NHS spending on community pharmacy and ophthalmic services has been reduced by 19.9% since 2016/17, when real-terms funding is adjusted for need, according to new analysis from the Nuffield Trust.

But in the same time period, GP primary care services saw a 10.3% increase in real-terms needs-adjusted NHS funding, while funding for acute care in NHS trusts increased by 21.4% and ambulance care by NHS trusts received a 27.3% increase.

The analysis, released by the Nuffield Trust today, found that real-terms funding for community pharmacy and ophthalmology fell from £2.5bn in 2016/17 to £2.3bn in 2022/23 - an average annual decrease of 2%.

In the same time period, GP funding grew slightly from £8bn to £9.7bn, although it experienced a £500,000 cut in the last year of the period, which equates to a 7% cut between 2021/22 and 2022/23 when adjusted for population need.

The report highlighted the importance of adjusting real-terms funding for age and sex-related estimates of need, ‘with the numbers of people aged 70 and above growing at over nine times the rate of people aged five to 29 over the period here examined’.

‘Health care cost tends to increase dramatically with rising age, with an 85-year-old male expected to consume on average around 16 times more in acute care cost terms than a 10-year-old male,’ the report added.

The report also noted that ‘despite the often repeated ambition to shift more care and health care resources into services “closer to home”’, spending on NHS primary and community care and local authority public health, ‘grew in real terms by less than half a percent on average a year between 2016/17 and 2022/23’.

‘Perhaps even more strikingly, funding for NHS community health care services was cut in real terms in three out of the six years between 2016/17 and 2022/23,’ the report said.

Dr Nick Thayer, head of policy at the Company Chemists’ Association (CCA) commented: 'Primary care has long been the poor cousin of secondary care and these findings confirm this.'

He added: 'The historic underfunding of the community pharmacy sector has led to the net loss of almost 1,200 pharmacies since 2015. An uplift in funding for community pharmacy is key if the NHS is to take a preventative and longer-term approach to healthcare, and boost efforts to keep people out of secondary care altogether.'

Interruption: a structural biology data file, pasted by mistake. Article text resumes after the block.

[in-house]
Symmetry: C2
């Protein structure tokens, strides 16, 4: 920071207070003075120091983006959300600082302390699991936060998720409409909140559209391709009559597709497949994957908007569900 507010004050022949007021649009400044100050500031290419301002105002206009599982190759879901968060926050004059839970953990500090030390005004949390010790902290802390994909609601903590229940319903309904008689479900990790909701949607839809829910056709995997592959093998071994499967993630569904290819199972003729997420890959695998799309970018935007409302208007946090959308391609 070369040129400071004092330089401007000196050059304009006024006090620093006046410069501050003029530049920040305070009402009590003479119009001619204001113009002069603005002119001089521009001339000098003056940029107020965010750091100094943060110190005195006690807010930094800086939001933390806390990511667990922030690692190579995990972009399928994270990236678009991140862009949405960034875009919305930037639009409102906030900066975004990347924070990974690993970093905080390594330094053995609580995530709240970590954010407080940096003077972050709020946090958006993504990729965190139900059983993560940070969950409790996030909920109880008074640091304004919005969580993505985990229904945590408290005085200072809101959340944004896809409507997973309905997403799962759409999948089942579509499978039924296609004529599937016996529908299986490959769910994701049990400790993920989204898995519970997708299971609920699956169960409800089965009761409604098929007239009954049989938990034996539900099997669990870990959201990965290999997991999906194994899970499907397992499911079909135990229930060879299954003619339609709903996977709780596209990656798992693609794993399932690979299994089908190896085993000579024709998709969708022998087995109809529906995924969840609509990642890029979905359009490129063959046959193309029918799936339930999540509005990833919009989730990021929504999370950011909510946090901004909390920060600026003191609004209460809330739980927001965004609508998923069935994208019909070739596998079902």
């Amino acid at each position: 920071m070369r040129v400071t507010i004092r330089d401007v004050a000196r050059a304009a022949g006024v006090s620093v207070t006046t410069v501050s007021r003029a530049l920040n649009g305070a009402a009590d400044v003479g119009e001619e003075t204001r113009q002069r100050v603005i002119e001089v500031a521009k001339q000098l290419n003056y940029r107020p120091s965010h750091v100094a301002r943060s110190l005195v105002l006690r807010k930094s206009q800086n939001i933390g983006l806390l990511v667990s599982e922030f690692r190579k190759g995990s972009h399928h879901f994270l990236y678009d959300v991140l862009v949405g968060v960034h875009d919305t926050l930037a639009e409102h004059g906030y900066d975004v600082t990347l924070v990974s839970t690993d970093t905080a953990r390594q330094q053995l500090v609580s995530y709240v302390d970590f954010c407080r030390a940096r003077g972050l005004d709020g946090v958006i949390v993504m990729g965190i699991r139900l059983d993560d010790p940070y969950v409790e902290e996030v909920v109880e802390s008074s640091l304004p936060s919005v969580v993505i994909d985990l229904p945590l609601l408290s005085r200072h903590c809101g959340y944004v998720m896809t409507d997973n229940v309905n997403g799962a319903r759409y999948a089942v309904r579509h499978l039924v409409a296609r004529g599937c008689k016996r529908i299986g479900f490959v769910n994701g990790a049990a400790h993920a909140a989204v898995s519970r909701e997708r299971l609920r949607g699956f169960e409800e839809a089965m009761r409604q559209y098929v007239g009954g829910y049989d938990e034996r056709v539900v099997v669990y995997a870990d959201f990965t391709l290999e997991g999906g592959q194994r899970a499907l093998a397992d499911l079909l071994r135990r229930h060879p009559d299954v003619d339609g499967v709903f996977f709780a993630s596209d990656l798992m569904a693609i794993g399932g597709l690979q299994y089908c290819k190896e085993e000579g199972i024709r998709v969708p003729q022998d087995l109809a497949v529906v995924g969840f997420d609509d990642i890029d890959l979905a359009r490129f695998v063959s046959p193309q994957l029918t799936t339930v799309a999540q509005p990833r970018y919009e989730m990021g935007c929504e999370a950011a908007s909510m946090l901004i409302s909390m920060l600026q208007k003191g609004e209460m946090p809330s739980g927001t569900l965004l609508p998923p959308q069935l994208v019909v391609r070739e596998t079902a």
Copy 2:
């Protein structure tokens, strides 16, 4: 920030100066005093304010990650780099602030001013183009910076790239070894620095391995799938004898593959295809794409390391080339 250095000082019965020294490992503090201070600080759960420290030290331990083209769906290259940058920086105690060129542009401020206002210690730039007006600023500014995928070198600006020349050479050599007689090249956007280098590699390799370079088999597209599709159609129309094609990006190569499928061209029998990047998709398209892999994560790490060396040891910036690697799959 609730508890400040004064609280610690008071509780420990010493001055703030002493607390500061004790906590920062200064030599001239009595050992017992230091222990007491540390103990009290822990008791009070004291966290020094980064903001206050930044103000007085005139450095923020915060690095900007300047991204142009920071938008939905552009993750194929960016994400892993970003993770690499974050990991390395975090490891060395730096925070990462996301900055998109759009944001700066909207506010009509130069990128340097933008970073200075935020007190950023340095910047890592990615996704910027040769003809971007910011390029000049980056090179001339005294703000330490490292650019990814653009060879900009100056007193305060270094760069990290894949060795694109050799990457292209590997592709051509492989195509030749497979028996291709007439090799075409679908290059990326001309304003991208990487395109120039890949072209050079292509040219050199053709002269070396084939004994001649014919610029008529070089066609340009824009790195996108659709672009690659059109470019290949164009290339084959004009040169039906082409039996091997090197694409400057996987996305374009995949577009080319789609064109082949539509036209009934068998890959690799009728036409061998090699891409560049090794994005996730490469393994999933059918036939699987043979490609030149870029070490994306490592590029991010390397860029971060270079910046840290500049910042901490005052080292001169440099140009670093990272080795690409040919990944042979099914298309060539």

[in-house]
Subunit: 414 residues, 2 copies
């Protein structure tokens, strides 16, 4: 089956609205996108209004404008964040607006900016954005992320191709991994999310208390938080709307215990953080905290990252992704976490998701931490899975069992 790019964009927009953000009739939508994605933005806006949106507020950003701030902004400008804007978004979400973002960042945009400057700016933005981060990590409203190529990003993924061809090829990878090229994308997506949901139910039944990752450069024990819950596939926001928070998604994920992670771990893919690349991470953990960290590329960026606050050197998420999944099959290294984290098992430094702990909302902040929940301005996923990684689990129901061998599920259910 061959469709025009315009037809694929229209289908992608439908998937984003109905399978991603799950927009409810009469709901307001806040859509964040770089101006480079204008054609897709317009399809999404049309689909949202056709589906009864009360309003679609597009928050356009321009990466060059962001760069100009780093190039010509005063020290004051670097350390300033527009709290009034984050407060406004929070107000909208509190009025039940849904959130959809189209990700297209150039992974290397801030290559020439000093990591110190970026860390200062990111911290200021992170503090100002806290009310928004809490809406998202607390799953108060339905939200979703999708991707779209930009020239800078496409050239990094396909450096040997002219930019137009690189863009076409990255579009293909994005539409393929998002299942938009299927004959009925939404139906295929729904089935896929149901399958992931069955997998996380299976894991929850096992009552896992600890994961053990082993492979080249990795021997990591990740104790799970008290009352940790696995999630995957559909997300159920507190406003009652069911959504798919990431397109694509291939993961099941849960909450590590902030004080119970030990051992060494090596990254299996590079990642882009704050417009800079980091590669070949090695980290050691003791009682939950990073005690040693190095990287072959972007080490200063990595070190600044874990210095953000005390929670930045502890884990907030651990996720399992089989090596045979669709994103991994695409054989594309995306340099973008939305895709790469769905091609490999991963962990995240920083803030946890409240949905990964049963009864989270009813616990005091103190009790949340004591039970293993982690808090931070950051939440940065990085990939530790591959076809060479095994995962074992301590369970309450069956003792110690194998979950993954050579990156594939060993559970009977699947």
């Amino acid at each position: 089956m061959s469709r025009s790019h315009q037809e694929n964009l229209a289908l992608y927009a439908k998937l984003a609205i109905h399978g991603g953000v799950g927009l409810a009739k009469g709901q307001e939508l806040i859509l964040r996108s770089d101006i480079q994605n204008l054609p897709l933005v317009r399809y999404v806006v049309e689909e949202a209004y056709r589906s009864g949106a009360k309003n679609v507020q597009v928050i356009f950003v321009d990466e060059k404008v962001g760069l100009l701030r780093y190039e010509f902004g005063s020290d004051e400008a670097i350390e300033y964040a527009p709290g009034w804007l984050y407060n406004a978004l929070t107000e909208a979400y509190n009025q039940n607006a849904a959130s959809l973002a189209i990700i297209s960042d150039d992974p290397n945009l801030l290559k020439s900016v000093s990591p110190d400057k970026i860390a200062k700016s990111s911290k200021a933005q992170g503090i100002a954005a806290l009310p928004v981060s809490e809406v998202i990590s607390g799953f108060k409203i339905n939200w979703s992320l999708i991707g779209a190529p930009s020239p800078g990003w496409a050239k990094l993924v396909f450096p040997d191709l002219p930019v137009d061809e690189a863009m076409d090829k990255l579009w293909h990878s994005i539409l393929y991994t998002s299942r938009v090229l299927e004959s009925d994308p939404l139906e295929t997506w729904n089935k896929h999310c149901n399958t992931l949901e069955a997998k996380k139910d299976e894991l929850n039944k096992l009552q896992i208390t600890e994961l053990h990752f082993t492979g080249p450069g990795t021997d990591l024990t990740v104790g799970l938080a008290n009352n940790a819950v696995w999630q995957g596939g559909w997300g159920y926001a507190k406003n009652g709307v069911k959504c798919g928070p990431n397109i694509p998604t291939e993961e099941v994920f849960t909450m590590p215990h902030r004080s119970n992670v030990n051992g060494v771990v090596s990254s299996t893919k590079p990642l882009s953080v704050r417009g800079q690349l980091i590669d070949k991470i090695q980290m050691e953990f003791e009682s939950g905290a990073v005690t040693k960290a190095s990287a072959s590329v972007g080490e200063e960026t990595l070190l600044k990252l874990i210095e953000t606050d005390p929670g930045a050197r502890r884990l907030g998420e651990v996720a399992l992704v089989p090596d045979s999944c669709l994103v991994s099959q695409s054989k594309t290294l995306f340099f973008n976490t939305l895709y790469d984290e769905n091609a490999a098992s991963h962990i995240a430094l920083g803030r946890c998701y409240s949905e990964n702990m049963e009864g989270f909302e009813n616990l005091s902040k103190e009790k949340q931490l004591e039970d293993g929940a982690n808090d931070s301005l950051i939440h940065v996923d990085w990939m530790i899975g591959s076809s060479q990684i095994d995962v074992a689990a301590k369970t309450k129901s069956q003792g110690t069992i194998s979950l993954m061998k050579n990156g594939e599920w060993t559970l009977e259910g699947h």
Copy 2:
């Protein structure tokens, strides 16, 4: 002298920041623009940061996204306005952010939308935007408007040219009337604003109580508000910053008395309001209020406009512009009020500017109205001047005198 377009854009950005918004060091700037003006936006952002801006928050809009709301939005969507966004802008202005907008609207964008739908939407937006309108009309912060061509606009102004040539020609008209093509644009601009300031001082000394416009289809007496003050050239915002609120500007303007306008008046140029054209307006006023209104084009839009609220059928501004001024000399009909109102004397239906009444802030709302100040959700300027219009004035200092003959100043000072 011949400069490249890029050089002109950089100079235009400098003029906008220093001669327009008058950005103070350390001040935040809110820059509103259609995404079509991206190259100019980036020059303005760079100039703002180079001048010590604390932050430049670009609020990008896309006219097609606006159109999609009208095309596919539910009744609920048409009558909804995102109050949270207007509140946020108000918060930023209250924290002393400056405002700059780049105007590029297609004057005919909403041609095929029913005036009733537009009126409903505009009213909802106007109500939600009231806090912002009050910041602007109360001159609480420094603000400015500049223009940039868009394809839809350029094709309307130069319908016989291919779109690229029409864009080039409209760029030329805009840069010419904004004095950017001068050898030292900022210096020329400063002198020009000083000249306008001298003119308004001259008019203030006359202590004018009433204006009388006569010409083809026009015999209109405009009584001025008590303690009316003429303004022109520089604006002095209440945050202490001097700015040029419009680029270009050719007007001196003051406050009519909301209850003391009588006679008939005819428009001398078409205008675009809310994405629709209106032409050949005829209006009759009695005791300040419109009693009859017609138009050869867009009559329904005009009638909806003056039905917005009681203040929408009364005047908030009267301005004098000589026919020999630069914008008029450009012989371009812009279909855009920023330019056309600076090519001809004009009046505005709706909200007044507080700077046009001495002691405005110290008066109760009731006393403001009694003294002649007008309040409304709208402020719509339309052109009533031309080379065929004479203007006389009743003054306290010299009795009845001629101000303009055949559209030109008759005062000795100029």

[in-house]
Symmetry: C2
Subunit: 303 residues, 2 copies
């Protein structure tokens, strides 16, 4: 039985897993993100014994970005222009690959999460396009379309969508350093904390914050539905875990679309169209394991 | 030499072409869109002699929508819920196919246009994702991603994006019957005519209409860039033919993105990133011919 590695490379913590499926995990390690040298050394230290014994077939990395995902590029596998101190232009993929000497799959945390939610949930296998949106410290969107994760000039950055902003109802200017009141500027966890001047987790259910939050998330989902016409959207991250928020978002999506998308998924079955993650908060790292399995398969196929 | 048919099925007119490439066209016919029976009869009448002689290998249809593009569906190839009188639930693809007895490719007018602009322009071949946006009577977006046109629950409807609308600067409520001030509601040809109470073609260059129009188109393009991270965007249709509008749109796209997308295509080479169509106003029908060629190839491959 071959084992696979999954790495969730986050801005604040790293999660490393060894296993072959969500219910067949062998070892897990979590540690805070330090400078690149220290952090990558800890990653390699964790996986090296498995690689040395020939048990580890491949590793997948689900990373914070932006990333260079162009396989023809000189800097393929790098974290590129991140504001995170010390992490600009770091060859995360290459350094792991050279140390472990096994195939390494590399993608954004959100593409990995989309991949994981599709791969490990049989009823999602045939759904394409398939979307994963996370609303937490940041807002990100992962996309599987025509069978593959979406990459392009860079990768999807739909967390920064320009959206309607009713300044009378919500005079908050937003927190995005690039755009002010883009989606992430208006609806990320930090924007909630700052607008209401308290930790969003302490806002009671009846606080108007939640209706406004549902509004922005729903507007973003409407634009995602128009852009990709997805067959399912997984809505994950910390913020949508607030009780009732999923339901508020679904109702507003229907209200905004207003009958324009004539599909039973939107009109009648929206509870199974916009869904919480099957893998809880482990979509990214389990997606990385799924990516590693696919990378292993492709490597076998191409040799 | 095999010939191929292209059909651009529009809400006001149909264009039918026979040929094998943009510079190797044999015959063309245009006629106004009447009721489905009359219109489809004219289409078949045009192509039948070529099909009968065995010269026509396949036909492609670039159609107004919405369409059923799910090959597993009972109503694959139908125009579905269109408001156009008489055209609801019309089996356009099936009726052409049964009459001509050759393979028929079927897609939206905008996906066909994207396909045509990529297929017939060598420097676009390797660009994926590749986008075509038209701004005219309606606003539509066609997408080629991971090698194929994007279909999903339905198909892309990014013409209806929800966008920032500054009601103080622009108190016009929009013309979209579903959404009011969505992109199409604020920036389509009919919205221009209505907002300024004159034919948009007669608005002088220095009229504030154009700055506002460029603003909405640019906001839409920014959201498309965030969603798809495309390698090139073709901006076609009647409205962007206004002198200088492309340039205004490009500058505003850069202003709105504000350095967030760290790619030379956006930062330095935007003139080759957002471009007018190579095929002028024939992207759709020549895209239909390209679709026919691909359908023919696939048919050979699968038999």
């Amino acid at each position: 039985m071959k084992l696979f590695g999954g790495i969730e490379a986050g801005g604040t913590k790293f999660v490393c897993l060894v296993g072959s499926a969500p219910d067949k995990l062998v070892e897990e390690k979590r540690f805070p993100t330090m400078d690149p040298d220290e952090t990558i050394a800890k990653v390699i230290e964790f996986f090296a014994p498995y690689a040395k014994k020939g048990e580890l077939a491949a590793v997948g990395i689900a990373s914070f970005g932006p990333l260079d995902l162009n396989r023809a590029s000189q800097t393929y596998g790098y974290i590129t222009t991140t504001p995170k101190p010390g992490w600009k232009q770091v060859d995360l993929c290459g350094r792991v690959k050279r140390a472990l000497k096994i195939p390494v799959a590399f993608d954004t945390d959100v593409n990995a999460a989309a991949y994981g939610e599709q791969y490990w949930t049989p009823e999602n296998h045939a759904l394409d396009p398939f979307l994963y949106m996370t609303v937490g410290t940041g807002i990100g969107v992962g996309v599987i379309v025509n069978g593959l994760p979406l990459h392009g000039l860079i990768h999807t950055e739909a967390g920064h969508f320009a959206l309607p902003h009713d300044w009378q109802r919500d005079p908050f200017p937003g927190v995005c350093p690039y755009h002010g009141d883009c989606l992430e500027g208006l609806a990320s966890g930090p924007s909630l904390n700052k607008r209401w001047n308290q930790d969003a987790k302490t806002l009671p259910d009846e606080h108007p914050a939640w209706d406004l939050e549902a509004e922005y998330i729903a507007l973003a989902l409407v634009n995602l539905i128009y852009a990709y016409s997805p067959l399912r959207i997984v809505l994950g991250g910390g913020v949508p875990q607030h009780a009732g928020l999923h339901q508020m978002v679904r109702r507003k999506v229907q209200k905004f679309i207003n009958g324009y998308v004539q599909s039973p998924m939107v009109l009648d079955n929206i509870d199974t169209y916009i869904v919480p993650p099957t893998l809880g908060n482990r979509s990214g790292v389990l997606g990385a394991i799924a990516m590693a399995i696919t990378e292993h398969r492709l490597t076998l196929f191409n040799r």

And Paul Rees, chief executive of the National Pharmacy Association (NPA) said the report showed 'how acute, hospital care continues to be a magnet for NHS investment, compared to community-based services like local pharmacies'.

'It is further confirmation that funding for pharmacies has dropped significantly in real terms. In fact, pharmacies are now paid less as a proportion of health service expenditure than at any time since the NHS began,' he added.

'Funding for community pharmacy services has plummeted in recent years, which has meant more than 1,000 have closed and the ones that are still open have been pushed to the brink.

'Not only does community pharmacy play a vital role supporting patients, it also keeps pressure off our overstretched GPs and hospitals, so cutting the sector’s funding is a false economy.'

And he said it was 'imperative' for 'any incoming government' to address 'the crisis in primary care and the looming cliff edge facing pharmacies'.

Jay Badenhorst, director of pharmacy at the Pharmacists' Defence Association, said there were 'significant benefits to be gained from shifting certain healthcare services from hospitals to other settings, when appropriate'.

But he warned: 'For this approach to be truly viable, it must be part of a comprehensive program to restructure primary care. The provision of sustainable funding is a critical component of this, as it enables us to foster collaboration and provide the necessary resources, including staff. Our primary goal is to ensure patient care without fostering competition among organisations delivering different NHS contracts within primary care,' he said.

'With the right level of funding allocation, pharmacists can make a significant difference in healthcare delivery. They can help alleviate the burden on GPs and hospitals by managing minor ailments, offering chronic disease management, and supporting medication adherence. Unfortunately, the current funding situation limits the capacity of pharmacists, regardless of which setting they work in, to expand these services, hindering the realisation of a more integrated and efficient healthcare system,' Mr Badenhorst added.

Brendon Jiang, vice chair of the Royal Pharmaceutical Society (RPS) England Pharmacy Board, told The Pharmacist that medicines were 'an essential part of NHS care', adding: 'With growing demand for pharmacists’ expertise it is vital that pharmacy services across the NHS are backed by long-term sustainable funding.'

And a spokesperson for the Conservative party highlighted the Conservative government's introduction of Pharmacy First in England 'to help unlock 10 million doctors’ appointments across the country', delivering '6.5 million more GP appointments each month than in 2019' and tackling 'the 8am rush to make it easier to get an appointment'.

This week, a parliamentary inquiry into pharmacy recommended that the Additional Roles Reimbursement Scheme (ARRS) should be reviewed to see whether any flexibility on the funding criteria could ‘reduce the drain of community pharmacists into primary care networks’.